A strong track record in operating is important. We also look for someone who could bring in expertise – not just money – as well as technical resources and an understanding of a particular environment. The most important factor is like-mindedness. We have had some friction with other management teams in the past. We need partners who encourage mutual trust across the entire team, and who have an open mindset and a similar risk profile.

How important is it to have developed industrial safety standards in Oman?
In a way, we do have a common, if not official, uniformity of standards that has developed over 40 years of the oil industry in Oman. It is a relatively small country. PDO is the largest player in the industry in Oman, so a lot of PDO’s philosophy does get adopted by other companies. The same contractors who work for us work for PDO, Oxy, CCED, etc. If a contractor transfers a rig from CCED to us, they still share the same working philosophy, and it makes our job easier. People shift through the industry and the contractors are the same.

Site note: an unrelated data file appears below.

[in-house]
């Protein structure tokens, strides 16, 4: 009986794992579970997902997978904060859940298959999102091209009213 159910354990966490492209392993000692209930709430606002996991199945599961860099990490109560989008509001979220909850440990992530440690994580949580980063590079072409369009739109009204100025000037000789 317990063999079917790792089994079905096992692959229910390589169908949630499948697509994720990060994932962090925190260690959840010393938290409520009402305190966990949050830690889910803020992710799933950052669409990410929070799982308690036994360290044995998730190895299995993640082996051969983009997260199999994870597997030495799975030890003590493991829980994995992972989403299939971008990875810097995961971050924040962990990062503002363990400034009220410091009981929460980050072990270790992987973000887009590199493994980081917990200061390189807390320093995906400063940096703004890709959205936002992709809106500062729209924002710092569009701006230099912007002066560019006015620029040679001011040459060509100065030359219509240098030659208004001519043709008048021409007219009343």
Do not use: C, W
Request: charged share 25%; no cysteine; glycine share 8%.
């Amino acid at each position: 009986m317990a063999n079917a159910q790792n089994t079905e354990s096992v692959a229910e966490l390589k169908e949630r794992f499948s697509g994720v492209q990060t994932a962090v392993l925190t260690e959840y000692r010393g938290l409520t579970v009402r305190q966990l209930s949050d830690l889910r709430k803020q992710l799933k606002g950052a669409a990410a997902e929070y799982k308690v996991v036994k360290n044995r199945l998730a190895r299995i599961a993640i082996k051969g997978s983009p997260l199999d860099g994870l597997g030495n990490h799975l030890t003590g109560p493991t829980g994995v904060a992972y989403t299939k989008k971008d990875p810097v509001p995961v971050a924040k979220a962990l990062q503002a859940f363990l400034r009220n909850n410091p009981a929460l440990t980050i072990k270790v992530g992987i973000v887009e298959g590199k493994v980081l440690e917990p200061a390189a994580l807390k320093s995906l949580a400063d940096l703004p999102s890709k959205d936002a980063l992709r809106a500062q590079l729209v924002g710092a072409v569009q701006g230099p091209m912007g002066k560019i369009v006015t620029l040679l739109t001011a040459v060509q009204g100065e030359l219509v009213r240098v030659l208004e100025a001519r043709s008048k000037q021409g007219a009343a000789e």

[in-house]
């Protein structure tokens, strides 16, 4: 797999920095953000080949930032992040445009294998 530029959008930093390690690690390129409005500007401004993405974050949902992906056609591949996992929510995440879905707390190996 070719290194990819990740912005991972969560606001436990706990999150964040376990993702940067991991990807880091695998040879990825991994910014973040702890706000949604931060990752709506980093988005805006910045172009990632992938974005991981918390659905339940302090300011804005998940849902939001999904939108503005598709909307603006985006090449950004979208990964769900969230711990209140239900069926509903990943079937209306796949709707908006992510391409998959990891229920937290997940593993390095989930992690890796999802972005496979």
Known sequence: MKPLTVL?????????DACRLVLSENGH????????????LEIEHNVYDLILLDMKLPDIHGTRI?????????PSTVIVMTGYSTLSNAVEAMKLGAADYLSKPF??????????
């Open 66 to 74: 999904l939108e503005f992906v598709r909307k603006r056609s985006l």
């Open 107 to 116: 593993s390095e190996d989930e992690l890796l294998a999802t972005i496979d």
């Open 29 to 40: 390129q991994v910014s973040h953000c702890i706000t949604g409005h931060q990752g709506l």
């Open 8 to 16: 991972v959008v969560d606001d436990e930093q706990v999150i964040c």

However, basic, uniform standards across the industry would make our job even easier. Organisations such as OPAL [Oman Society for Petroleum Services] are doing a good job in unifying these standards.

How significant is Oman for Petrogas?
Oman is extremely significant. It makes up about 70% of our production, and I imagine it will always be the dominant contributor to Petrogas. While we are now an international company and focus on growth across a number of geographies, Oman remains a top priority

Are you looking at any opportunities in Latin America?
No, because of the distance. Colombia is known to have a fantastic fiscal environment, maybe one of the best. That could be the best country in Latin America for a company such as ours. We also know there has been a lot of interest and change in Mexico. It is not in our focus now. Companies in Calgary and Houston would be far better-positioned than we are. However, it might deserve investigating at some time.

What is the key competitive advantage that Petrogas has over other E&P companies?
The key competitive advantage in the Omani sector is that we are the first and oldest independent local E&P company here. We have been operating since 1999, and we have endured several cycles. We have learned a lot from that. Before that, we were in the oilfield services sector. The services sector is different from E&P in many ways, but the challenges are more numerous in the former. We came in with the mentality that we needed to operate, to make things happen and to deliver. That philosophy has served us quite well in the E&P sector.